Today was a pretty good April Fools’ Day.
This morning, I received an email from my film professor who I had played a joke on nine years ago when I told him that I was quitting the film program to focus on pre-law. I haven’t spoken to him since graduation, and I don’t think we’ve even emailed, but today his one-line note was simply “I never forget.” That made me feel pretty good. I still have the voicemail that he left in 2005, and I don’t believe I’ve tried to play an April Fools’ Day joke on anyone since.
Tonight, my team got me. Someone from our team in Dublin is visiting, so we had decided that we were going to go out for dinner. As the workday ended, I asked where we were going. Knowing that I’m very particular (and some would say peculiar) about food, Eric told me that we’d be eating at a new Caribbean place that he had just discovered. I instantly got nervous. Trying new food is a scary thing for me. Of course the first thing that I wanted to know was if I would be able to find something to eat. I asked to see a menu. Eric informed me that the new location didn’t have a menu online yet, but the Palo Alto location did, and sent me a link. I started looking, trying to figure out what I would eat. I also asked why anyone would ever go to a restaurant that didn’t have its menu online. Why would one take that risk? I was told to check out Di Big Tings. Research indicated that there were few menu options that didn’t involve coconut, beans, or meat on bones—things that would cause me to avoid a dish. I looked at a bunch of photos of dishes and settled on Chicken Shrimp Pelau as a candidate for my dinner. When it was time to leave, I admitted to everyone, “I’m so nervous right now.” Eric offered to beam me the location of the restaurant, where we would all meet. I looked at the map, and started criticizing him for not linking directly to a place marker, and asked if the restaurant was even on Google Maps. He told me that they weren’t on Maps yet. This happens with new places, and I often add new restaurants to Google Maps via Map Maker. Before we left, I decided that we needed to add the restaurant to Google Maps. I fired up Map Maker, and asked where the restaurant was located. When Eric showed me on the map, I was very familiar with the location. It was right next to Sushi Tomi, one of my favorite places to get sushi. I thought it was strange that I hadn’t noticed the new restaurant there, as I had walked down that street just last night after eating at Sushi Tomi, but I could have easily ignored that building. Eric started to hesitate, and I got the sense that he might not know exactly where the restaurant was located. Not wanting to provide imprecise location data, I announced that I would add the restaurant to Maps after we ate. As we started to leave, and I forget exactly how this came up (maybe in the context of directions for our visitor), I mentioned that I had eaten at Sushi Tomi last night. Eric looked shocked and disappointed. I panicked, thinking that he had somehow expected to have been invited the night before, even though it was an impromptu dinner with the visitor after he asked for a recommendation of a sushi place after work. But then Eric told me that the joke was on me: the plan was to get me to the building next to Sushi Tomi, where there was no Caribbean restaurant that I needed to be worried about trying new food at, and then surprise me with a sushi dinner. I had no idea and was super-impressed. They really got me good, even down to how to pick a cuisine that was right in that zone where it was different enough to make me scared, but not scared so badly that I’d veto the option. Well-played. In the end, we decided that there’s nothing wrong with getting sushi two nights in a row, and headed to Sushi Tomi.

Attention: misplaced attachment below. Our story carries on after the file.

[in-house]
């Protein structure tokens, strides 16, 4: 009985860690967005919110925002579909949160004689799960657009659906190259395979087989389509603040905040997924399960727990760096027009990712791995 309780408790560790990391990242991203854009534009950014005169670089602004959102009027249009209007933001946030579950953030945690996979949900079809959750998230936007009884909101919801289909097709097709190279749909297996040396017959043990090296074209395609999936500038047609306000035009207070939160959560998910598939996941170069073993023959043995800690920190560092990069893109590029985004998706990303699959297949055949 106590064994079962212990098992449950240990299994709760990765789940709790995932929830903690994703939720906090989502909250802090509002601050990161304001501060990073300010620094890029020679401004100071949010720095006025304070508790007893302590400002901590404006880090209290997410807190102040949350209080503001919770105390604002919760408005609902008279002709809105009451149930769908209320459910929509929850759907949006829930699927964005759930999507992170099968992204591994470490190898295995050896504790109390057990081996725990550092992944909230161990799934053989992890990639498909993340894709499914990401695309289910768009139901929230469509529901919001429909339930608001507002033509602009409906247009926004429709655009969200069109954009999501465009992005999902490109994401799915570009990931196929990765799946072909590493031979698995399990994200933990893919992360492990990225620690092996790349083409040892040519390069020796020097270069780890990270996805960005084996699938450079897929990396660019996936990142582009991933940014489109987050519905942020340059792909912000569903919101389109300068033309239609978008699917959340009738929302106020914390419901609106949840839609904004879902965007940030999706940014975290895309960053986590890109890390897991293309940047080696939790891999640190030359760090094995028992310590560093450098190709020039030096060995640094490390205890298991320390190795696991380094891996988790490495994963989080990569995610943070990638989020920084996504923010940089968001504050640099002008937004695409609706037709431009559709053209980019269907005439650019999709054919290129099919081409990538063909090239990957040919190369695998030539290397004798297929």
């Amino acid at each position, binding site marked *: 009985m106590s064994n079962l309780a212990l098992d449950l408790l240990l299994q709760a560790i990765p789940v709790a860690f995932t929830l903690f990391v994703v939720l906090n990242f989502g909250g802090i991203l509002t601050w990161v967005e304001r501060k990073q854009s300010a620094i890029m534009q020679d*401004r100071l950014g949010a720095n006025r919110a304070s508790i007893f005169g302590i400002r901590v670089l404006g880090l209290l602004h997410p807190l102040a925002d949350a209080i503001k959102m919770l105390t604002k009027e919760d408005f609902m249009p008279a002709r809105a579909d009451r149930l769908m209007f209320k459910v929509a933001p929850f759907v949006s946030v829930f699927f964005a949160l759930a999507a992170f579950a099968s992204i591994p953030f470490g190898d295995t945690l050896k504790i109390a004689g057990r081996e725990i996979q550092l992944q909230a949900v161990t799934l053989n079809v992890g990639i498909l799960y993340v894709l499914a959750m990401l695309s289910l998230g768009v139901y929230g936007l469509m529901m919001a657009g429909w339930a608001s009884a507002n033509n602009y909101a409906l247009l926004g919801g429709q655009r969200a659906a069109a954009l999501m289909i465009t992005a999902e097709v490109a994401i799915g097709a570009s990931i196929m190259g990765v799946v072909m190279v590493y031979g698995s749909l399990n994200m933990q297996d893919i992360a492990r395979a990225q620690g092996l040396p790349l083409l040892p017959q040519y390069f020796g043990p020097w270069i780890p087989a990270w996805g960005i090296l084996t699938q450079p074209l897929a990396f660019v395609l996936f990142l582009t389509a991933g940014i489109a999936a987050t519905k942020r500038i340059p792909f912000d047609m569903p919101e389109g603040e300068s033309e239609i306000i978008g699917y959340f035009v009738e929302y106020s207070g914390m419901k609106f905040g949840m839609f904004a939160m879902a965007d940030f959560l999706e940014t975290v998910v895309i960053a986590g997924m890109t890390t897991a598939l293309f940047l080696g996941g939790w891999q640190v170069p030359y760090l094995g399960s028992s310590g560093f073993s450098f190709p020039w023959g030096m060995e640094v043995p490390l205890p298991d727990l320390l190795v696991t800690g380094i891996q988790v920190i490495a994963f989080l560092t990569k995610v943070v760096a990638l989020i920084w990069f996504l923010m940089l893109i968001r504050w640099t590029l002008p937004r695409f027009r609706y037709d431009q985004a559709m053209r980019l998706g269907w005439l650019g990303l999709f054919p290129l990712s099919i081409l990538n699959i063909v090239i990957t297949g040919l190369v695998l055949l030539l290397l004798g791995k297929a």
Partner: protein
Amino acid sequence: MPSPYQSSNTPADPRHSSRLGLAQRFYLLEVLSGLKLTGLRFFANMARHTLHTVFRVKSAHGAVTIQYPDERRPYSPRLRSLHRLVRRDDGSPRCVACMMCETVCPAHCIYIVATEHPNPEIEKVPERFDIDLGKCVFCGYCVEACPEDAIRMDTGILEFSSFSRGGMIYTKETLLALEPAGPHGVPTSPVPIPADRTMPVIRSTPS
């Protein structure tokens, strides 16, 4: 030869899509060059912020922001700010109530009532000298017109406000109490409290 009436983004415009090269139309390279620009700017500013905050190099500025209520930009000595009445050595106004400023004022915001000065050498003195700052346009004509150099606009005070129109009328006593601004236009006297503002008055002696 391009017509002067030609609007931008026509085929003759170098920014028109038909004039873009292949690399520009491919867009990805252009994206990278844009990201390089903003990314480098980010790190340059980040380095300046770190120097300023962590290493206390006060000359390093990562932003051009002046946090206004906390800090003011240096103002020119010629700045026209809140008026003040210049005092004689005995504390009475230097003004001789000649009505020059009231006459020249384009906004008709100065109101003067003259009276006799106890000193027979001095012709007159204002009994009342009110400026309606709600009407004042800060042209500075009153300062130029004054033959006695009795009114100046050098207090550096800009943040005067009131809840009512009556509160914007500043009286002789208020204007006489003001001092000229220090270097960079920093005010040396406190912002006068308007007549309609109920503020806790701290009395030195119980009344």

There were a lot of other good jokes on the Internet today that I’m about to catch up on, but here’s one that I did get to see: Google Translate on mobile Chrome translates English to Emoji.
Update at 12:40 AM on April 2: And my favorite surprise of the day… there’s an update on HomestarRunner.com, complete with a Webvan reference. I still make H*R references at work, and fewer and fewer people are able to understand me. Now, maybe things will change for the better. Props to the HR Wiki folks for keeping that going too.